Vivienne’s last vestige of provincial conformity was eliminated in 1971 when she had her hair dramatically cut. At 29 years of age she relinquished her long hair, convinced by Edwards that having it cropped would look more sexy, cool and urban. She was the first to create the spiky, peroxide-dyed, bristling with aggression hairstyle, that was to become the hallmark of the Punks. Simon Barker, a member of the Bromley Contingent, believes that David Bowie and his wife Angie copied it, because Vivienne had the look in early 1971 before Ziggy Stardust came out. In the summer 1971 Edwards finally ended his student days by graduating. What should he do? Music was his passion, perhaps he could make a living from it, starting out by setting up a stall and selling his collection of rock’n’roll records and memorabilia. And shopkeeping was in Vivienne’s blood, from the age of 13 until she left home she had lived above her parents shop. At this time Malcolm Edwards changed his name to that of his father, McLaren, because the name Edwards was sullied with a criminal record (shoplifting and burning the greek flag at a demonstration). In October 1971, wearing his new name, a teddy boy jacket and lurex draped trousers, which Vivienne made for him, he stepped out down the Kings Road, in search of a chance encounter that would determine his and Vivienne’s future. As he passed number 430, Bradley Mendelssohn, the manager of the store ‘Paradise Garage’ spoke to McLaren ‘Where you going man? I dig the drainpipes’, referring to McLarens trousers. After McLaren explained that he was looking for a stall, Bradley suggested the back half of the shop.
In November 1971 together with Patrick Casey they opened the shop ‘Let it Rock at Paradise Garage’ and erected a sandwich board on the pavement outside. McLaren, Casey and Vivienne (when she wasn’t teaching) scoured the the unfashionable outer London Markets for merchandise. The fifties memorabilia and the accompanying credo had little to do with contemporary fashion. But, within a few months ‘Let it Rock’ began running out of original teddy boy clothing, so McLaren convinced Vivienne, who had made her own clothes since she was a teenager, to run up copies. Left undistraced in Nightingale Lane, Vivienne sowed the seeds of her new career by repairing, altering and eventually copying of rock’n’roll clothing. She carefully and methodically unpicked and duplicated original teddy boy garments while Sid Green, an East End tailor whom she regularly consulted, made up the drape jackets in neon colours and fake fur or lurex collars chosen by her. Vivienne have been introduced to the fashion business by McLaren, but it became (in her words) ‘a baby I picked up and never put down’. Although McLaren was the frontman, Vivienne gradually became the stronger personification of ‘Let it Rock’, where she was spending an increasing amount of time. For her the shop represented a commitment to a lifestyle, where as for McLaren it was simply the stage for a lucrative pose.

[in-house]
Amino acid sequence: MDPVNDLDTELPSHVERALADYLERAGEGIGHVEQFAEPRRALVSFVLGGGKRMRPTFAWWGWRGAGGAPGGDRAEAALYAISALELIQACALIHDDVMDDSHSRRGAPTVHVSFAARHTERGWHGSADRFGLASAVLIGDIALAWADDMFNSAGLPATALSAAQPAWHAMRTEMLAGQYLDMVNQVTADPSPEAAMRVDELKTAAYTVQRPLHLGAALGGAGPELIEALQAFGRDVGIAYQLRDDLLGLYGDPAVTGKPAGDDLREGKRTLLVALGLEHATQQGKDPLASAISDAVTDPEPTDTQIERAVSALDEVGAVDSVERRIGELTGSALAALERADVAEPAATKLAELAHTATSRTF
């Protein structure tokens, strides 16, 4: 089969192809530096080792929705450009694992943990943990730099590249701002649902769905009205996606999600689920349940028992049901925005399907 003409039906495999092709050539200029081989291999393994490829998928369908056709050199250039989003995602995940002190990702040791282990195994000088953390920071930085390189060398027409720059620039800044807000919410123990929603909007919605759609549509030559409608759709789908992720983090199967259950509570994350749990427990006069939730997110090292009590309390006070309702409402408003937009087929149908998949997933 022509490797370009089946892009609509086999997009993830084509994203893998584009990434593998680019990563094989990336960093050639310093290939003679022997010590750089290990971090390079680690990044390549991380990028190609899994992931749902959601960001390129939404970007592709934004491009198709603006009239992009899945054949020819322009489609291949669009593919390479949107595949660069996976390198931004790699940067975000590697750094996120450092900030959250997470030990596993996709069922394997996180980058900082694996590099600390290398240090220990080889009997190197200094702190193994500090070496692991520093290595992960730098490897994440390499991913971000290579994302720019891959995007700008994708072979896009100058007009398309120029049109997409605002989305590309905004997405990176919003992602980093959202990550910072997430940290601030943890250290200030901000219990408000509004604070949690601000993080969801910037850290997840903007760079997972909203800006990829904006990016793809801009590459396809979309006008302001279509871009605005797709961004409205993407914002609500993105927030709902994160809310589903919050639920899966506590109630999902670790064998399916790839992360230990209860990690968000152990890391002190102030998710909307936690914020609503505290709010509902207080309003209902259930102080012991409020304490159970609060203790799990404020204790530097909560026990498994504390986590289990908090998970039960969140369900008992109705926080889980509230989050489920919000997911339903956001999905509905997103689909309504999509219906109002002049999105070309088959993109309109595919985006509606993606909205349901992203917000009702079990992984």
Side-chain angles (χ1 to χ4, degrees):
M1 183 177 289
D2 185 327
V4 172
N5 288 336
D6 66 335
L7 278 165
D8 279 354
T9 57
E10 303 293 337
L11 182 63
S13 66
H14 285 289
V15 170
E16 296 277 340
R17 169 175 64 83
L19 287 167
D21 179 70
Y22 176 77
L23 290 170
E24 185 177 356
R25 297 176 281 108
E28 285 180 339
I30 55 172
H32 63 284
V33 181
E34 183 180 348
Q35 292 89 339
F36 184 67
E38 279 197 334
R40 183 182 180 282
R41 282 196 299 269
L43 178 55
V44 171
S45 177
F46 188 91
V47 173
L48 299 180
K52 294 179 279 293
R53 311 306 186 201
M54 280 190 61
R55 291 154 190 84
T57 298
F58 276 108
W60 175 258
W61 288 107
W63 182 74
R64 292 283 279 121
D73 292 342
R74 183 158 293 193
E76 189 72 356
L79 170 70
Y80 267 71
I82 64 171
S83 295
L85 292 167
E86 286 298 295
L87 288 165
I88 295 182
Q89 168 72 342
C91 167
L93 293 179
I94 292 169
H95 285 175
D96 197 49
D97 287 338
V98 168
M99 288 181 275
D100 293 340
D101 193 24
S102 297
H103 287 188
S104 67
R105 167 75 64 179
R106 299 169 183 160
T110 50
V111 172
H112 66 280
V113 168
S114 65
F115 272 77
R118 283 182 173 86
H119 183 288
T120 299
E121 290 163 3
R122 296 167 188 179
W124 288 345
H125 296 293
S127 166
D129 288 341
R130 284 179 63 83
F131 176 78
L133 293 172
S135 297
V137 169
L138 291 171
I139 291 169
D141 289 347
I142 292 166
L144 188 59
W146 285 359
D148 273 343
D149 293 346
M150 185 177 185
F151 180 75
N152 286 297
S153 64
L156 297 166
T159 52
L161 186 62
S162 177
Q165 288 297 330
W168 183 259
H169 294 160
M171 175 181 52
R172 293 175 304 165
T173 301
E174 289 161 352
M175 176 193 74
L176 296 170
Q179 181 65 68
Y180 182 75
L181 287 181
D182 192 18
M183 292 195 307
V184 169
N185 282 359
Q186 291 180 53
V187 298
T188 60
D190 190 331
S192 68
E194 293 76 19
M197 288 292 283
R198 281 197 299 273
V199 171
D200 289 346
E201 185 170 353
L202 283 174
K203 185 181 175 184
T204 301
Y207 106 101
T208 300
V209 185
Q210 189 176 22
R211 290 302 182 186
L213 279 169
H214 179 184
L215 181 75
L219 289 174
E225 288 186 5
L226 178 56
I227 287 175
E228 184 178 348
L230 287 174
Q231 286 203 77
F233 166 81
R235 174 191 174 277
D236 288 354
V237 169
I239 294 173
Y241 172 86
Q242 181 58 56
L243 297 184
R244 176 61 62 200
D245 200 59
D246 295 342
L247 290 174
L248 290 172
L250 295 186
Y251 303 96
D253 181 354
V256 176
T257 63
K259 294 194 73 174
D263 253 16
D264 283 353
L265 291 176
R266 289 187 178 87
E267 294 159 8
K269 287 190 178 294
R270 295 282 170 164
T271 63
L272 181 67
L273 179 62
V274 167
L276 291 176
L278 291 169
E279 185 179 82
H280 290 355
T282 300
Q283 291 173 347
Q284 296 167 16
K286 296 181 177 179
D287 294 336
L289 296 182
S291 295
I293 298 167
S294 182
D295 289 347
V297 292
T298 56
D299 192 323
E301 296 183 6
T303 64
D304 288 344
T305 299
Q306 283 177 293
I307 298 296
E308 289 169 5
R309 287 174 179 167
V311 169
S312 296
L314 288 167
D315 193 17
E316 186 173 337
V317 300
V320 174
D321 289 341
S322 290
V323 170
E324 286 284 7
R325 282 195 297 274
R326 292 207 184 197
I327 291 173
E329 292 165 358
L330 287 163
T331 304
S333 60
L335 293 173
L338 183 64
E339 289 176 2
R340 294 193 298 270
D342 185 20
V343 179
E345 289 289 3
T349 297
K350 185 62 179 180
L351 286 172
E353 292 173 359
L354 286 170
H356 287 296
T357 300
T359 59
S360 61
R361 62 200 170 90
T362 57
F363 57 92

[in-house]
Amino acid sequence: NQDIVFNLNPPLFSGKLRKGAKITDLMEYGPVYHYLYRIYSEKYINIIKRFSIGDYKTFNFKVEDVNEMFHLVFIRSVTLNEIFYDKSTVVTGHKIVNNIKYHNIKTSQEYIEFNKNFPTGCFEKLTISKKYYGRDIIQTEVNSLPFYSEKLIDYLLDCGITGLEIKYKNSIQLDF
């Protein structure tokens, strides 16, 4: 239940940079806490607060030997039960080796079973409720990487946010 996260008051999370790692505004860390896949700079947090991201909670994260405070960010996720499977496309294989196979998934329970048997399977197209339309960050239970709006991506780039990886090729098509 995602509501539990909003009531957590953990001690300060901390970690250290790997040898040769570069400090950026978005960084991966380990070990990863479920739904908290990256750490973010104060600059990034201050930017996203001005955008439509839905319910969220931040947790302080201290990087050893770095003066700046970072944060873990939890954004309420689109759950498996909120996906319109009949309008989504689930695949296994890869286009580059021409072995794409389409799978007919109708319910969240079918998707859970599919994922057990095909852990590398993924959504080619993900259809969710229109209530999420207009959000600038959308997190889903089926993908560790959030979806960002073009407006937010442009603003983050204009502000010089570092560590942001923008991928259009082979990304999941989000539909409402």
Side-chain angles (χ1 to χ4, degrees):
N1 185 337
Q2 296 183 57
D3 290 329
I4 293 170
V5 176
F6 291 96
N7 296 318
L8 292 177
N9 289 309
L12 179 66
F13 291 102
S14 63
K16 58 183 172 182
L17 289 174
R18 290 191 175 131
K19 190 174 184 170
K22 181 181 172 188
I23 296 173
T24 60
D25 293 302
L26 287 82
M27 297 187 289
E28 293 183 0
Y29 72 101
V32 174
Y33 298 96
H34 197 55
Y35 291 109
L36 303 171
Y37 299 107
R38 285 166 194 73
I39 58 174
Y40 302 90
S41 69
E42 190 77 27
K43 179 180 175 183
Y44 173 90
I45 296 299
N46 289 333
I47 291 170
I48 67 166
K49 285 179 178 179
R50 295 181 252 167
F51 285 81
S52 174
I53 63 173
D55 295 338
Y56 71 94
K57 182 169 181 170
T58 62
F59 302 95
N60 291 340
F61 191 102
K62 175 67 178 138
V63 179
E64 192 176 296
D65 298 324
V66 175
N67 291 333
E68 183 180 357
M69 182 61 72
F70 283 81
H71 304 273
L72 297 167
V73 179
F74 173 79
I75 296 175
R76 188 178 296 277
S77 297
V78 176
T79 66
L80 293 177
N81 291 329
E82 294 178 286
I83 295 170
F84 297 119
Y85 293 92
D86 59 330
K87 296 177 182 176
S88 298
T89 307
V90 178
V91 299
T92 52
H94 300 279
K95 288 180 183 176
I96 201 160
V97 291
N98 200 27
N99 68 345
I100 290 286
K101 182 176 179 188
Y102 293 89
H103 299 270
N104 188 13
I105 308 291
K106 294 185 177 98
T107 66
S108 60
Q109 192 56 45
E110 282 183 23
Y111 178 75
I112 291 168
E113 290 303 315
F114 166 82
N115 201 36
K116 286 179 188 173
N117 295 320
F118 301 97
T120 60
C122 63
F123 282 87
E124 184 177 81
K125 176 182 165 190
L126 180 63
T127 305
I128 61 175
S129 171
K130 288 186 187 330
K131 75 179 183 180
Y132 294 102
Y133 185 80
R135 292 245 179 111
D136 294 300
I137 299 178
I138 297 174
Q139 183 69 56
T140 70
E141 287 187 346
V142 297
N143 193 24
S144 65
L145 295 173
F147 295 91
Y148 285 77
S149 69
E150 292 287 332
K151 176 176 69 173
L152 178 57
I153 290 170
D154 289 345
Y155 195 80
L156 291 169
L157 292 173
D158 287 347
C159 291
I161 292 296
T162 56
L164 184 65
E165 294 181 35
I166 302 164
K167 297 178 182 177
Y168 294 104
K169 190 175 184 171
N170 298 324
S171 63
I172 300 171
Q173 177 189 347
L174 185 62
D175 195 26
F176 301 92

Disgusted by the teds’ racist and sexist tendencies, Vivienne’s sense of justice was outraged. She and McLaren (Casey had left the business) turned away from the teddy boy image. In the spring of 1973, 430 Kings Road reopened as ‘Too Fast to Live Too Young to Die’, a tribute to James Dean’s early death. During this shop-period McLaren and Westwood began to design slogan-printed T-shirts. The subversiveness and scurrilousness of their slogans and designs attracted youthful buyers in direct proportion to the shock and offence they caused to the public at large. In August 1973, several Kings Road shops were invited to show their wares at the annual National Boutique Show in New York. There they were interviewed by Andy Warhol’s ‘Interview’ magazine. Sylvain Sylvain, guitarist of the band the New York Dolls, paid them a visit. Sylvain and Johnny Thunders had become customers of Let it Rock when they had recently visited London. The Dolls introduced Vivienne and McLaren to NY’s rock culture.